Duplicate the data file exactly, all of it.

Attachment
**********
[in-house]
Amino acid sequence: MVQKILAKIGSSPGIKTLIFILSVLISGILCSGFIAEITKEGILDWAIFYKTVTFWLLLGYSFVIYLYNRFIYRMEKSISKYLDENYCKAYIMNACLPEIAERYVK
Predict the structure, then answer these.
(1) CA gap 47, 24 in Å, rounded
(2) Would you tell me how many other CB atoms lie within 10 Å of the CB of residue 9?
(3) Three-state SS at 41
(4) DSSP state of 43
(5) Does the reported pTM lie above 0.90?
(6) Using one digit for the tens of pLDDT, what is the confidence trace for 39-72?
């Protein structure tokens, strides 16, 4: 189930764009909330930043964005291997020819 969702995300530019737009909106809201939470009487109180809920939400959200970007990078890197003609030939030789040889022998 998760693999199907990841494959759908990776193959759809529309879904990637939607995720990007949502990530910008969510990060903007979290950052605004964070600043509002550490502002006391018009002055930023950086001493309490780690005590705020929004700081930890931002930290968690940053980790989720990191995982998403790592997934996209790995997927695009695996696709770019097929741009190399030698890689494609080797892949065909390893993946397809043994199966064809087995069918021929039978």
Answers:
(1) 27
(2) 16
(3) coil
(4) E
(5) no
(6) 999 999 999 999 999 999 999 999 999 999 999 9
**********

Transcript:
[in-house]
Amino acid sequence: MVQKILAKIGSSPGIKTLIFILSVLISGILCSGFIAEITKEGILDWAIFYKTVTFWLLLGYSFVIYLYNRFIYRMEKSISKYLDENYCKAYIMNACLPEIAERYVK
Predict the structure, then answer these.
(1) CA gap 47, 24 in Å, rounded
(2) Would you tell me how many other CB atoms lie within 10 Å of the CB of residue 9?
(3) Three-state SS at 41
(4) DSSP state of 43
(5) Does the reported pTM lie above 0.90?
(6) Using one digit for the tens of pLDDT, what is the confidence trace for 39-72?
């Protein structure tokens, strides 16, 4: 189930764009909330930043964005291997020819 969702995300530019737009909106809201939470009487109180809920939400959200970007990078890197003609030939030789040889022998 998760693999199907990841494959759908990776193959759809529309879904990637939607995720990007949502990530910008969510990060903007979290950052605004964070600043509002550490502002006391018009002055930023950086001493309490780690005590705020929004700081930890931002930290968690940053980790989720990191995982998403790592997934996209790995997927695009695996696709770019097929741009190399030698890689494609080797892949065909390893993946397809043994199966064809087995069918021929039978």
Answers:
(1) 27
(2) 16
(3) coil
(4) E
(5) no
(6) 999 999 999 999 999 999 999 999 999 999 999 9